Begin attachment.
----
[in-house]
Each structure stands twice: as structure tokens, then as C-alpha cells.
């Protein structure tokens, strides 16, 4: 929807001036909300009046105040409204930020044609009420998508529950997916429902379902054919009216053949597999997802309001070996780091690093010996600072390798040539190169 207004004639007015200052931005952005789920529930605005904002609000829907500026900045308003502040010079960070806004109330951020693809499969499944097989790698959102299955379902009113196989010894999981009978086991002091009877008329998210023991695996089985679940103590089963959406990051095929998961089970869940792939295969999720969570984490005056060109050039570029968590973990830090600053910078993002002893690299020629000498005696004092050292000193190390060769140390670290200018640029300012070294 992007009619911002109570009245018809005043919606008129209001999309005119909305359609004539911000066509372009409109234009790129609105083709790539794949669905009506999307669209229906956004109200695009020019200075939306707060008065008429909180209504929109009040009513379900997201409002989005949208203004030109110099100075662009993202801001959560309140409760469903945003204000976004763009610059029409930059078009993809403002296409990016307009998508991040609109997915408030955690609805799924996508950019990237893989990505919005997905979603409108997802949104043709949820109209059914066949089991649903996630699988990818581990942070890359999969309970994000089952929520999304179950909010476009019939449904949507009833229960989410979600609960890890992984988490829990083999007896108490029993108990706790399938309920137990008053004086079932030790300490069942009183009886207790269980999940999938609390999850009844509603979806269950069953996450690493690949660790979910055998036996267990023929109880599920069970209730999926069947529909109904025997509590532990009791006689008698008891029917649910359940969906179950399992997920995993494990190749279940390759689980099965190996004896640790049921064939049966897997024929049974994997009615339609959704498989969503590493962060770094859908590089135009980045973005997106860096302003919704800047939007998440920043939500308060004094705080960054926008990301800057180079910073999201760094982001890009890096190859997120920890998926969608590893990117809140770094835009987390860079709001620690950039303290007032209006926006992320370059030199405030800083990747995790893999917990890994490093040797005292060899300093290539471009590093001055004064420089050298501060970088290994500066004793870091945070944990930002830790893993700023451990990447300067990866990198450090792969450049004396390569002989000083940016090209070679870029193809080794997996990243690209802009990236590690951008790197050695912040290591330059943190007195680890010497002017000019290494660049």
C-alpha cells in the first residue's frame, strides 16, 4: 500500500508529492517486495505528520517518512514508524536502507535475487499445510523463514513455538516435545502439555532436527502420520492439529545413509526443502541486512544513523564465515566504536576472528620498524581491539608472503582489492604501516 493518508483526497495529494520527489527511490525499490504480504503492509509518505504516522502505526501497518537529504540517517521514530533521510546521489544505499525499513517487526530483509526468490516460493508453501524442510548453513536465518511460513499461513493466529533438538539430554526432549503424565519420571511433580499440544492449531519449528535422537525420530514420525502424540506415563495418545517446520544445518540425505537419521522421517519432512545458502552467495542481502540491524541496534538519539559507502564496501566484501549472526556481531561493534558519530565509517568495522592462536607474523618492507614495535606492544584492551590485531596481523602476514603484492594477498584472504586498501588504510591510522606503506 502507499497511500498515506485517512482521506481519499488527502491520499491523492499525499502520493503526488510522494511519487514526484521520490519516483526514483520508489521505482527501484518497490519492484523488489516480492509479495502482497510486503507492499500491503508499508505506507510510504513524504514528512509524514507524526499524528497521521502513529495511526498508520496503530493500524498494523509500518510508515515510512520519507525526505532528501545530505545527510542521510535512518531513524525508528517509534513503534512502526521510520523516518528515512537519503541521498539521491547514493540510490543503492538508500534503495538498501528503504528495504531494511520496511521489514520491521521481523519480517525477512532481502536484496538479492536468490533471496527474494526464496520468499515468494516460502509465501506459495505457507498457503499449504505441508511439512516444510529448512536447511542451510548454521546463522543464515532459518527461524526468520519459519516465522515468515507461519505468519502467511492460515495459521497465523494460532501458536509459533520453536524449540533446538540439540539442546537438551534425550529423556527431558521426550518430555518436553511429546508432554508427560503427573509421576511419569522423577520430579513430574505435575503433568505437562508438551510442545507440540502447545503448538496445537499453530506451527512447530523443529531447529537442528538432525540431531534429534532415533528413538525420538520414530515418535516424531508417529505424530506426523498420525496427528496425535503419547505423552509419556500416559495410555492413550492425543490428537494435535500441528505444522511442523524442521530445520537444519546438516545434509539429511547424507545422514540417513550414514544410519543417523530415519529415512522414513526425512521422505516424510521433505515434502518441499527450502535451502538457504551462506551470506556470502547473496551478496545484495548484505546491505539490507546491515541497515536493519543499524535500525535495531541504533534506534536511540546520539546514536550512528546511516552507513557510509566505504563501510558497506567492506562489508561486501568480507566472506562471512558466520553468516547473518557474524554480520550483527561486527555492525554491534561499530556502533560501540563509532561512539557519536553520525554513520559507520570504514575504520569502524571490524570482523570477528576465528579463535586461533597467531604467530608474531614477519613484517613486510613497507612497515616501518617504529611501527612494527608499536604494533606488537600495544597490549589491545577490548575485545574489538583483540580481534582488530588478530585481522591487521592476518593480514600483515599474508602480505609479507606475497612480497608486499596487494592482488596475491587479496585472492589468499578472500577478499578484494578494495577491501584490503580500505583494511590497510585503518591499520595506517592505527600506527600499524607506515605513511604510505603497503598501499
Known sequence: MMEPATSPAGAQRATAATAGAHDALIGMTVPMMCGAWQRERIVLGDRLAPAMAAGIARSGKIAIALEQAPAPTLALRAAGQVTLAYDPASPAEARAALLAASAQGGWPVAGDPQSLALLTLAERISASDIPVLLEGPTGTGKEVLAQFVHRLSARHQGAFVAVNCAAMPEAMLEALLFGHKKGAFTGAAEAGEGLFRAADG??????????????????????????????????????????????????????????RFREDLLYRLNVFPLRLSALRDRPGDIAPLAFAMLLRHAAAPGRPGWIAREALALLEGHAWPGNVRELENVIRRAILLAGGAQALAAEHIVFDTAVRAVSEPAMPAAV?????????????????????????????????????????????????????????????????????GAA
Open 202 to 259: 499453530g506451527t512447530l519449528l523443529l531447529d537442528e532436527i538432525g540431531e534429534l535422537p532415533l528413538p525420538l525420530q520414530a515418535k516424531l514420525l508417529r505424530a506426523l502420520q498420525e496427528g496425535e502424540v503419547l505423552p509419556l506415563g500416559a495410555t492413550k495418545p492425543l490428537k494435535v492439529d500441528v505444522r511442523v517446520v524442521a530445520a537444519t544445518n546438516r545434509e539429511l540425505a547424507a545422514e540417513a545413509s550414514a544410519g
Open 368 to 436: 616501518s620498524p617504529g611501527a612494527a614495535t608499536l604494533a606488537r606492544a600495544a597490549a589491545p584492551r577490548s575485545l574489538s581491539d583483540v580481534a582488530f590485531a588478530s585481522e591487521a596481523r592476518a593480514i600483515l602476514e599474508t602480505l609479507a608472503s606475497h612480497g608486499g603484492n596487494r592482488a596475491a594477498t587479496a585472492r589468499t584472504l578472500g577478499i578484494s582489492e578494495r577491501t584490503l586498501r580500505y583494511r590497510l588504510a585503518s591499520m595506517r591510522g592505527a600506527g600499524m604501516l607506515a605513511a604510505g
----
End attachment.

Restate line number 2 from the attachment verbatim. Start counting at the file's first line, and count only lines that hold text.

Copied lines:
Each structure stands twice: as structure tokens, then as C-alpha cells.